A 1940s novel was adapted into this action film that takes place in 19th century China during the Qing dynasty. In 2000, the movie stunned viewers with its action scenes and the film went on to become one of the most highly decorated during the awards season. Two warriors running a security company together while having deeply rooted feelings for each other chase Jade Fox, a murderer and thief. The movie features many prominent female warrior roles that are unburdened by gendered stereotypes. The movie was so popular in the West that a sequel was filmed in English and dubbed in Chinese.

5. “Roma” (Drama)

This Mexican drama is another award season darling that currently holds the record for the most-nominated foreign film at the Academy Awards. Even though it lost best picture, the movie made headlines for paving the way for new avenues of distributing world-class movies, as it was released by the movie-streaming app Netflix instead of receiving a traditional theater release. The movie centers around Cleo, an Indigenous maid in the capital of Mexico. Cleo and her fellow maid, Adela, switch between their Indigenous language of Mixtec when alone and Spanish when around their employers. Cleo ends up with an unplanned pregnancy and, ultimately, the movie is a winding drama through the character’s relationships. The dramatic ending will have viewers enthralled and leave them with the sense that everything will be okay even when it’s not.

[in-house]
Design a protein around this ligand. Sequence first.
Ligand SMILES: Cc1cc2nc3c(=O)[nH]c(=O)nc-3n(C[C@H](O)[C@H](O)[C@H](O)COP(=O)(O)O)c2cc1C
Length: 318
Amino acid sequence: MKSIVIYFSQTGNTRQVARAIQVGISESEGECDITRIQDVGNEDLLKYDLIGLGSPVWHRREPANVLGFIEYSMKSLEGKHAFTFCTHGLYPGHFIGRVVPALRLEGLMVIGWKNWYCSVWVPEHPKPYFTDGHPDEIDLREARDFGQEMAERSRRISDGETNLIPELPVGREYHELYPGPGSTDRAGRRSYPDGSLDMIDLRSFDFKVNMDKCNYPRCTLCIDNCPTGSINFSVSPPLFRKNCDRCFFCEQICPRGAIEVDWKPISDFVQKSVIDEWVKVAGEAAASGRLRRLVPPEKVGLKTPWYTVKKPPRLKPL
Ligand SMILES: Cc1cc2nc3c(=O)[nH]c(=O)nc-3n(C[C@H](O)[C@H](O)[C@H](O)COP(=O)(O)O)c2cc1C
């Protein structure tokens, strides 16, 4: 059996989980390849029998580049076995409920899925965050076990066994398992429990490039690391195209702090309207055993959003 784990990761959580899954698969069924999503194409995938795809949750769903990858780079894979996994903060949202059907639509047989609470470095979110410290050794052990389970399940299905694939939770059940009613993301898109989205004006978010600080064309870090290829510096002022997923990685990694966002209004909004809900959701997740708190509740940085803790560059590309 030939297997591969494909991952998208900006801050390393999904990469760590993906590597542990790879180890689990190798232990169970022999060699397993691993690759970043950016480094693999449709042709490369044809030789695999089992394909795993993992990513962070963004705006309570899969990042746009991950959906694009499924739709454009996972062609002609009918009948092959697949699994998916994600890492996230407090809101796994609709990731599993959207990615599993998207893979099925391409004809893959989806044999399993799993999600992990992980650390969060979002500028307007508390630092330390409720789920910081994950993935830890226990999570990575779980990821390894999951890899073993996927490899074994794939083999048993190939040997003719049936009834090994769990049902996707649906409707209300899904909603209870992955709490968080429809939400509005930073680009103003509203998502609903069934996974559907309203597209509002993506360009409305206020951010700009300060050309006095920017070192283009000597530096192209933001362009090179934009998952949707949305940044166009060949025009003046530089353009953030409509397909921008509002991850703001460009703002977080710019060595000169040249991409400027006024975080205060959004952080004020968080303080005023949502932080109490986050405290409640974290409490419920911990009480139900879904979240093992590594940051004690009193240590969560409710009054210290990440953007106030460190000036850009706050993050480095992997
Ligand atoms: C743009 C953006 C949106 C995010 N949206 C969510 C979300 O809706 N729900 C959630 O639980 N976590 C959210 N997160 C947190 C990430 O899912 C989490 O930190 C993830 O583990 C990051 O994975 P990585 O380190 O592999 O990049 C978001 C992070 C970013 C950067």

6. “The Tale of Princess Kaguya” (Anime)

There were many amazing Japanese animated films up for consideration in this article and picking just one felt like a betrayal to all the other great ones like “Spirited Away” and “My Neighbor Totoro.” Some films have gained more popularity than others, and “Princess Kaguya” is often overlooked in the Western world. This uber-expensive project brings fairy tales to the screen as it was based on the Japanese fairy tale “The Tale of the Bamboo Cutter” and features a rapidly growing princess found in the Bamboo. The movie explores women’s role in society and is a coming-of-age story about a princess that hails from the Moon. It has a 100% rating on Rotten Tomatoes and contains some of the most beautiful scenes found in anime, featuring simple, watercolor backgrounds to fully immerse viewers. The movie even has its own documentary about its creation.

There are always hundreds of movies that get left off movie-list articles and this article is no exception. Hopefully, the movies that were listed will inspire readers to seek out more foreign films and immerse themselves in other cultures. In the absence of dialogue in familiar language, viewers will find themselves immersed in art and profound filmmaking. This movie list is the perfect springboard into more foreign film immersion, where unfamiliar themes will push viewers to engage with other cultures and might even spark the travel bug.

Writer Profile

Megan Miller

Arizona State University
English/History

Megan has lived her whole life in Southern California where she enjoys all the local attractions, especially the beaches. She enjoys reading, writing and cooking. She is obsessed with her dog, Moose.